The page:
As many as 48 American states, as well as the District of Columbia and Puerto Rico, opened an antitrust investigation on Monday into Google, reported Reuters. The probe was started due to allegations that the search engine giant may have indulged in anti-competitive behaviour because of its control over online markets and search traffic.

California and Alabama refused to be part of the inquiry. Other states asked Google to provide documents on its advertising business, Texas Attorney General Ken Paxton, who is heading the inquiry, said. Other attorney generals described the investigation as preliminary, and said it could be expanded to include matters such as data privacy.

Arkansas Attorney General Leslie Rutledge called Google’s search engine a “juggernaut”. He said that Google’s free search sometimes leads to lack of freedom to choose the best products from the best companies. “When a company becomes a verb, it may seem as though the states are David taking on Goliath but I am proud to stand tall with my fellow attorneys general,” Rutledge said.

“When there is no longer a free market or competition, this increases prices, even when something is marketed as free, and harms consumers,” Florida Attorney General Ashley Moody said, according to CNBC. “Is something really free if we are increasingly giving over our privacy information? Is something really free if online ad prices go up based on one company’s control?”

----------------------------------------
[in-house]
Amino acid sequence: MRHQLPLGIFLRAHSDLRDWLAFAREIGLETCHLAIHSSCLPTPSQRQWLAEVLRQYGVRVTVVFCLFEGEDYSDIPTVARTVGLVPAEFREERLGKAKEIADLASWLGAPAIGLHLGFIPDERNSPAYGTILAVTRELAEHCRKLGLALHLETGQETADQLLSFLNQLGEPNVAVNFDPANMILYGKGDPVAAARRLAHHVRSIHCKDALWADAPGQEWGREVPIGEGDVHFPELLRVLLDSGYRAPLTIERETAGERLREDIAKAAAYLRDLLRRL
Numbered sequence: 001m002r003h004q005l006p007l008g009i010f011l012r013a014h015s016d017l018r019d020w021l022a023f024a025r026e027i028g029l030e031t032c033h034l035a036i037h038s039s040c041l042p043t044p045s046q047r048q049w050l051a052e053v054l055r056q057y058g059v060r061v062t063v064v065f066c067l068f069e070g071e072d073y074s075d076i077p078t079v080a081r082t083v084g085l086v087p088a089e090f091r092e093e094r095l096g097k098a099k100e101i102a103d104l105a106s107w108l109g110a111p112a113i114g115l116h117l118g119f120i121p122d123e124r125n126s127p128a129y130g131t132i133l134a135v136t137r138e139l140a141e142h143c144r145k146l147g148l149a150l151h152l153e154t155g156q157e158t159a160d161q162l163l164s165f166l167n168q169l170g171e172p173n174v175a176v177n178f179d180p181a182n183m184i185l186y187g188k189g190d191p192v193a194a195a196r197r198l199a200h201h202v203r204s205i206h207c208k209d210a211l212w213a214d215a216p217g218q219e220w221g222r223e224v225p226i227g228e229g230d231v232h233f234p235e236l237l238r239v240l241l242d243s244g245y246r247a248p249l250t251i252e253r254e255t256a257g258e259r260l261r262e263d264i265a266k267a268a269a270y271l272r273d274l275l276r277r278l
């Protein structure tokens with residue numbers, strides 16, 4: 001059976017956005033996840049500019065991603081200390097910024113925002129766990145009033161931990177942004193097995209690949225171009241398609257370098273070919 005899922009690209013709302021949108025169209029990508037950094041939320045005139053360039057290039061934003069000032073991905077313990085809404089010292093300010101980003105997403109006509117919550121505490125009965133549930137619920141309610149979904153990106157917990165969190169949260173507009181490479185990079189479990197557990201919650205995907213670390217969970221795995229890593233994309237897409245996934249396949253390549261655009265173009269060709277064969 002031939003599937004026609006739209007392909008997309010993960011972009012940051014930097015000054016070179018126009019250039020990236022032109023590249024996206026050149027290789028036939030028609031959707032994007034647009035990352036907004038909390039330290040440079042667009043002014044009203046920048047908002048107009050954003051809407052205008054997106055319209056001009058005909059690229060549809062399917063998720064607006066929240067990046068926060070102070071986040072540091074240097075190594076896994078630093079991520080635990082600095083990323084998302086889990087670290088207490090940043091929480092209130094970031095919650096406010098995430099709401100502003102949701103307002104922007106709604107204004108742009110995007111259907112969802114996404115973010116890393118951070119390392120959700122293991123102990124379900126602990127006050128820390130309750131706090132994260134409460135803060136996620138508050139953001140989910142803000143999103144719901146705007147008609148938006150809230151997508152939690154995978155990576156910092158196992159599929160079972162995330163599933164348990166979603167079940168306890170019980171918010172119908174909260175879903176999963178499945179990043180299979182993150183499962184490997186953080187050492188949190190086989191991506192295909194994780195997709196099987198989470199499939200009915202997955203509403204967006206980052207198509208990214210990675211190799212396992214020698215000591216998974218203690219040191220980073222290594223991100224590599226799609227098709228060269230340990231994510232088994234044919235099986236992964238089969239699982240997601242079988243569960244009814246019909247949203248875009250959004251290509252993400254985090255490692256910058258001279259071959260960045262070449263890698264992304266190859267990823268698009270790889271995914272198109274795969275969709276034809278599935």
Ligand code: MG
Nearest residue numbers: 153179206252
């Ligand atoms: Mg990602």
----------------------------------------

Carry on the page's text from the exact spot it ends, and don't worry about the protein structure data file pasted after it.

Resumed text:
A spokesperson for California Attorney General Xavier Becerra said the state was committed to fighting anti-competitive behaviour by companies, but declined to comment further, “to protect the integrity of potential and ongoing investigations”.

The announcement of a probe did not significantly hurt the share prices of Google’s parent company Alphabet Inc. On Monday, the company’s stock closed just $1.05 down at $1205.27 on the NASDAQ.

A separate group of eight state attorneys general, led by New York Attorney General Letitia James, has began an antitrust probe into Facebook.

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